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Yet another tropical system may emerge as a post-Labor Day threat to Caribbean, US

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Another strong tropical disturbance, moving off the coast of Africa, bears watching for strengthening. While still several days away, the system may impact the Caribbean and United States during September.

Even as the Atlantic is teeming with tropical systems this week, another may join in the frenzy before the week comes to a close.

In addition to Tropical Depression Eight, Tropical Depression Nine and Hurricane Gaston, the train of disturbances moving off of Africa has the potential to produce another tropical system worth tracking for the long-term.

This is a closeup live loop of the tropical disturbance. (NOAA/Satellite)

The disturbance is likely to take a path much farther west than Gaston, which turned northward over the middle of the Atlantic Ocean.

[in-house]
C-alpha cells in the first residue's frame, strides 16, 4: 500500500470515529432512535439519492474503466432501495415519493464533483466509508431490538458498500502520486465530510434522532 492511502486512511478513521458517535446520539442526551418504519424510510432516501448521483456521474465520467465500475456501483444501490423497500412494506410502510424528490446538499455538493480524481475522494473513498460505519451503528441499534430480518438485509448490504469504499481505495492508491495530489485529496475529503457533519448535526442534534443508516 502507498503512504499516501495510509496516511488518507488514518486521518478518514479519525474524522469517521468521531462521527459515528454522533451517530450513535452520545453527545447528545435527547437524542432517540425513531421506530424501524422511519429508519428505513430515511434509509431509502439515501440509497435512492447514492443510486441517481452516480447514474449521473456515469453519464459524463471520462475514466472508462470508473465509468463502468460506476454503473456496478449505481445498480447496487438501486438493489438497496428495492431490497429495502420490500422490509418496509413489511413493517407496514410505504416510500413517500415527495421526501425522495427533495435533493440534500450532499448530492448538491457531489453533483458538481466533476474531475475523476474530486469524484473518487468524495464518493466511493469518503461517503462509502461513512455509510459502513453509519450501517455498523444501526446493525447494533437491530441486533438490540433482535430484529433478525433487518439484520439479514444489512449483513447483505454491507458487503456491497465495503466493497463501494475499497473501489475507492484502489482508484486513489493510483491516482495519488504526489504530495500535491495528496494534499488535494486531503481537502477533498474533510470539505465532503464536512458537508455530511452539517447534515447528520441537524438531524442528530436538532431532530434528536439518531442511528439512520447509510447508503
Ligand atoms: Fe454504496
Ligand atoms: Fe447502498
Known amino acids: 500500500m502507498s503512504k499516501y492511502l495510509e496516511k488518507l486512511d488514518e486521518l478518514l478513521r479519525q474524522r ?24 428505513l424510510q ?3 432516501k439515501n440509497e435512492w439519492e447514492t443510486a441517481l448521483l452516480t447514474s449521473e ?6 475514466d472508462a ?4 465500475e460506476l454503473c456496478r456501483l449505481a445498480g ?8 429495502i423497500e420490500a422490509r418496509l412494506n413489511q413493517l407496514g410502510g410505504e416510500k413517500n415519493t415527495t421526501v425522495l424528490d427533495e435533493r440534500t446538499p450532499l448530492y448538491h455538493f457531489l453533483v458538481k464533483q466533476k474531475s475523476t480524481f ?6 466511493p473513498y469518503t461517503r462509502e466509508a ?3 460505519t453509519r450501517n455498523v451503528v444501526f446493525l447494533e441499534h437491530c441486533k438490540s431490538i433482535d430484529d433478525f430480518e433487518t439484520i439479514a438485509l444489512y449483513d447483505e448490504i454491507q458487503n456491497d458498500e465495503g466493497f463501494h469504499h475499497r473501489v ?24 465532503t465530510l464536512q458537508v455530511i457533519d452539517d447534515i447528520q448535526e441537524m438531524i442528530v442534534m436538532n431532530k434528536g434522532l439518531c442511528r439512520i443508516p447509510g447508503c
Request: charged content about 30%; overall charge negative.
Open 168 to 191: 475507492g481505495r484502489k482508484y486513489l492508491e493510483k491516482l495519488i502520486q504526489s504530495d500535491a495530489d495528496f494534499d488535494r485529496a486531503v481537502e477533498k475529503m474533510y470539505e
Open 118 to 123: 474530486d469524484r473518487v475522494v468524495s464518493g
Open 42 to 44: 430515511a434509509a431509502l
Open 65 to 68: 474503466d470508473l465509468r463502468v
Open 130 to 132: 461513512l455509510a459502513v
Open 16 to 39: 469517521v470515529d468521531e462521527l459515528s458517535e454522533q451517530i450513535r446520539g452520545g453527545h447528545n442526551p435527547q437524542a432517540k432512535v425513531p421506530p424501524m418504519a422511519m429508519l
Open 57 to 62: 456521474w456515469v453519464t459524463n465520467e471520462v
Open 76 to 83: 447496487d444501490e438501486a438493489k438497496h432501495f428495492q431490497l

During Tuesday the disturbance will be near Cabo Verde, formerly known as the Cape Verde Islands.

"This disturbance will move westward over the Atlantic in an environment generally favorable for tropical development during the balance of this week," according to AccuWeather Hurricane Expert Dan Kottlowski.

Fast motion between 15 and 20 mph (24 and 32 km/h), along with pockets of dry air and disruptive winds along the way, may hinder rapid development of the system initially.

The system could impact the Leeward Islands around Sunday, Sept. 3, or Monday, Sept. 4, with rough seas, drenching showers and locally gusty thunderstorms.

Steering winds could then guide the system on a curved path during the balance of next week.

As a result the new system may not travel as far west as Tropical Depression Nine did.

It is possible the system could roll near Puerto Rico and then Bahamas before turning northward near the Atlantic coast of the United States around the second weekend of September.

Provided the system avoids the larger islands of the Caribbean, disruptive winds and dry air, there is the potential for development to a tropical depression, tropical storm and a hurricane in the days ahead.

There is the potential for additional systems to form in the coming weeks with the peak of hurricane season on Sept. 10 and hurricane season continuing through October and into November.